The truth is, Gandhi is less of a draw than Jinnah
By M J Akbar
It is curious that six decades after 1947 a debate on Jinnah can pack halls in Delhi and Mumbai but a discussion on Gandhi might not fill a front row. Is this because Jinnah offers the drama of a court trial, the speakers being advocates for defense or prosecution, and the audience a silent, but ultimately decisive, jury? Jinnah, one of the great barristers of his age, would have relished the metaphor.
Has Gandhi become, in our subconscious, an irritating nuisance, a mirror before our guilty conscience? Who wants to be measured by the yardstick of a saint who was so disconcertingly honest that he turned his autobiography into a confessional? Jinnah, on the other hand, was so private, and even secretive in life that, in death, he is vulnerable to endless post-mortem dissection. Gandhi has become as ephemeral as an ideal. We can disturb the memory of Jinnah. Gandhi’s memory disturbs us.
Where would Gandhi have been on his 140th birthday, October 2, 2009, if he were not safely dead? He would have been on a fast in Maharashtra. Why? The state police has slipped into the public space a statistic made even more astonishing by the indifference with which it has been received: there has been, on an average, a riot every 20 days in Maharashtra during the last five years. Print media consigned it to a couple of statutory paragraphs inside. Television, crowded with high-decibel celebrities, ignored this completely. It seems that our innumerable guardians of secularism need familiar villains for their rage. Faceless violence is not attractive enough.
Gandhi placed the facts of violence above the politics of conflict. He would have been an inconvenient presence for those who profess to live by his creed today. As for the heroes of modern India: they would not recognize him. There is no way to reinvent Gandhi as a happy symbol of a rising sensex, checking out the value of an investment portfolio at five every evening. It makes sense on every side to convert Gandhi into a token portrait on the wall of a government office.
Jinnah’s problem, conversely, has been that he has been appropriated, or misappropriated, by a range of vested interests, each determined to resurrect him in its own image, to serve its agenda. Pakistan’s political elite, forced to compromise with the culture of theocracy, has converted the natty, lean, handsome owner of 200-odd London-tailored suits into a shalwar-and-cap chameleon. If, instead of being clean-shaven, Jinnah had sported a slight, fashionable beard, they would have extended the beard by six inches in official portraits. Most Pakistanis would be shocked today to discover that Jinnah did not know Urdu, never fasted during Ramzan, had little interest in the rituals of religion, and that his concept of spiritual sustenance was very worldly indeed. Jinnah sent out invitations for a formal lunch-banquet in honour of the visiting Mountbattens for August 14, 1947, the day the new nation was born. The meal had to be cancelled when someone realized that they were in the middle of Ramzan. Jinnah had been oblivious of the fact that observant Muslims had been fasting for three weeks.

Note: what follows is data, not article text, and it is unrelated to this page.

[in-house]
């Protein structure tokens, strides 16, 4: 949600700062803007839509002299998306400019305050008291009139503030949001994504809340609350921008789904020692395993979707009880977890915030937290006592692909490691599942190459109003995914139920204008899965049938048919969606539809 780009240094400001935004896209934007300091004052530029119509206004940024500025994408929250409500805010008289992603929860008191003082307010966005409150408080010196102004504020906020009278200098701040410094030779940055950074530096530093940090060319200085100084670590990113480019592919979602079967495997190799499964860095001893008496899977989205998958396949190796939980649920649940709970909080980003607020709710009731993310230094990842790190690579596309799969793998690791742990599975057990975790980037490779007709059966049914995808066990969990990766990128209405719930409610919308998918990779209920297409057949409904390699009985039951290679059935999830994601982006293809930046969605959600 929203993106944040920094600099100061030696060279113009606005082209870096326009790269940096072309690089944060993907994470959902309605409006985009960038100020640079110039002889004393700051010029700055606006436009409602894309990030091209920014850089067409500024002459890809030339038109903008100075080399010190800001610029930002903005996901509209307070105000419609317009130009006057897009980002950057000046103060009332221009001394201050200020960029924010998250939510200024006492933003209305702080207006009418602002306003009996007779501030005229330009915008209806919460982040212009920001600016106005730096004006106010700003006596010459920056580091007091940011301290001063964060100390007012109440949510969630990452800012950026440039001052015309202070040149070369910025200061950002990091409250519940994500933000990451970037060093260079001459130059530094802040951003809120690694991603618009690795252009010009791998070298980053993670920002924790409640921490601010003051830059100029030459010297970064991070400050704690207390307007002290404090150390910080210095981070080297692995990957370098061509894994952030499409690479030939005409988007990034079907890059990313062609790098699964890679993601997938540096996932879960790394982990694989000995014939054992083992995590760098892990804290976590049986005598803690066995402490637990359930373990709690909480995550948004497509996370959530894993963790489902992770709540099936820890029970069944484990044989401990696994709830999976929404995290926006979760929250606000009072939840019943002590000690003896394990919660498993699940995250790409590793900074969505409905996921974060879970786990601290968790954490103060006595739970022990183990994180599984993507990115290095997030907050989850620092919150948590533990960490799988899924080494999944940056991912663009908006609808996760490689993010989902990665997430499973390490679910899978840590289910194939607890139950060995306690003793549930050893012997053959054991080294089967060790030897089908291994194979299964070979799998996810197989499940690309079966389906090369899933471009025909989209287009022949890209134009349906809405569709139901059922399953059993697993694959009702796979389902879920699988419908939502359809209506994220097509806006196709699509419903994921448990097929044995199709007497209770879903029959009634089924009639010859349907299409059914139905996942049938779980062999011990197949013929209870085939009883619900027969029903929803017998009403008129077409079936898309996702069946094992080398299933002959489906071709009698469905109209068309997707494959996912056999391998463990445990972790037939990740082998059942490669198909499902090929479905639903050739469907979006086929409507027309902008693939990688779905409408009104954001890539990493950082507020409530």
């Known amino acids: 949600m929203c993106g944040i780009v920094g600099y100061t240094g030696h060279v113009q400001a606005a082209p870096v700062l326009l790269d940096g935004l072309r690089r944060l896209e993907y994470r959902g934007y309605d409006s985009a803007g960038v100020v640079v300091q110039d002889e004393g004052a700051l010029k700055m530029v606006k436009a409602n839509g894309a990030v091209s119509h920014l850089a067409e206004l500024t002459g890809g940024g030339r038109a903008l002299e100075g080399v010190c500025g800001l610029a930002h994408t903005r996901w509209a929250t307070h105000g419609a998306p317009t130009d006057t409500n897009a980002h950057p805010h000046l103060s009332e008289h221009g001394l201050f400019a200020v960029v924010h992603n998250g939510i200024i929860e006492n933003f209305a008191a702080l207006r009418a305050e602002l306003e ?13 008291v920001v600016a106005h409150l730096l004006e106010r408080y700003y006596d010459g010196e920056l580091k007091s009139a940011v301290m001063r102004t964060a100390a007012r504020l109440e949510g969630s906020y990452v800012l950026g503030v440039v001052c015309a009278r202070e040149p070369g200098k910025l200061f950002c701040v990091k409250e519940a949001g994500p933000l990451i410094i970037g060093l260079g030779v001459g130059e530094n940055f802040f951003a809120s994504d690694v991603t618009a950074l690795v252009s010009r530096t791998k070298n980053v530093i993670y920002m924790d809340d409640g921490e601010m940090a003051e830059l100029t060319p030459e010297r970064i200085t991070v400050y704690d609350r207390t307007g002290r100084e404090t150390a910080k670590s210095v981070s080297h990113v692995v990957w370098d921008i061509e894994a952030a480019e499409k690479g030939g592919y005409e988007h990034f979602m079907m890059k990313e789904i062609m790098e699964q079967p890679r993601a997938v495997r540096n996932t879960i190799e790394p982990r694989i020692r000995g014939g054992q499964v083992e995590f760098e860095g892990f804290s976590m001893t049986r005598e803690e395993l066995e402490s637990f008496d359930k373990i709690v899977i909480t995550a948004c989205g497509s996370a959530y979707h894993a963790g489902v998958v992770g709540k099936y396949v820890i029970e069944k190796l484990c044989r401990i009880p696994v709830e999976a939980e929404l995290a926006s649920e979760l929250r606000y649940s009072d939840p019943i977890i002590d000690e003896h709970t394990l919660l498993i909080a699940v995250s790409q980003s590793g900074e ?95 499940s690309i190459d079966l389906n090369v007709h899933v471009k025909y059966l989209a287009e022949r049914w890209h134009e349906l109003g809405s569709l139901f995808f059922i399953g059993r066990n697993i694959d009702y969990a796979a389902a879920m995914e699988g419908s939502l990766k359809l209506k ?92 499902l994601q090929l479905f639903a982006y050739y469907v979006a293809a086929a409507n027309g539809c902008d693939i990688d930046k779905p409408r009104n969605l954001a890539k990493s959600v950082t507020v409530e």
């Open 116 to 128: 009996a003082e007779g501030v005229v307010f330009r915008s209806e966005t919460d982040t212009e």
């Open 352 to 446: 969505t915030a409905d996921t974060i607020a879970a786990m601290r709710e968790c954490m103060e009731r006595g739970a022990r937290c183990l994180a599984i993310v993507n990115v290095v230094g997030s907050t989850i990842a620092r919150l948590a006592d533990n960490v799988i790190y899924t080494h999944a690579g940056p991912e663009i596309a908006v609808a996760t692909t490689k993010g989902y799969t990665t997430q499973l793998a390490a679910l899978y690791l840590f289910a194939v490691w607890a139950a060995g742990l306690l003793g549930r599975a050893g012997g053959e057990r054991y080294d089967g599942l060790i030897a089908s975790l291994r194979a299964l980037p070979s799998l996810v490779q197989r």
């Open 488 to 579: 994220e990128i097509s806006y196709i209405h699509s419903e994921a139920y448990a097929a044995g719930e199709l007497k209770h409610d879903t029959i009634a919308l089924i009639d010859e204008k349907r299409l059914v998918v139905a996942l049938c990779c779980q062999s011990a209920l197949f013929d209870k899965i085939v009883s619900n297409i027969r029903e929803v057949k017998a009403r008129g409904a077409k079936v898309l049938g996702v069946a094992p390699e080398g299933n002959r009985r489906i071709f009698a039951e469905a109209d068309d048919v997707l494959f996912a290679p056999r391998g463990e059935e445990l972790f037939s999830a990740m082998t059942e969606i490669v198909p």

Indian politicians have restructured Jinnah more subtly. Contemporary Congressmen needed a cardboard Jinnah as the all-purpose villain who could soak up all the guilt of Partition. An obstinate, communal hate figure was planted into Indian schoolbook history. This was then morphed into something more insidious.
When Jinnah’s utility as the father of Pakistan receded, he was transformed, surreptitiously, into the symbol of the guilt of Indian Muslims, who became the whipping boys of Indian nationalism as practiced on all sides of the spectrum. The Bharatiya Jana Sangh, forerunner of the BJP, latched on to this projection with great glee, since it perpetuated the politics of isolation and accusation. Indian Muslims, in this construct, were genetically unpatriotic and therefore, deservedly condemned to the status of second-class citizens. When Jaswant Singh challenged this single-dimension mythology by lifting the record from the private domain of academic archives and flinging it into public discourse, he had to be expelled. He had spread the guilt to others, who were Hindus, and disturbed the equanimity of a half-truth.
The secular parties, whose expertise in the dynamics of electoral behaviour has always been more astute, quickly understood that fear is the easiest route to the Indian Muslim vote. Fear of the past, Partition, was compounded by fear of its future consequences. Muslims had to choose between the communal cage and the secular trap. One offered a diet of gruel, and the other a scrap of cheese. After six decades, Indian Muslims are beginning to bang on the door of both the cage and the trap.
Mahatma Gandhi would have heard the clamour.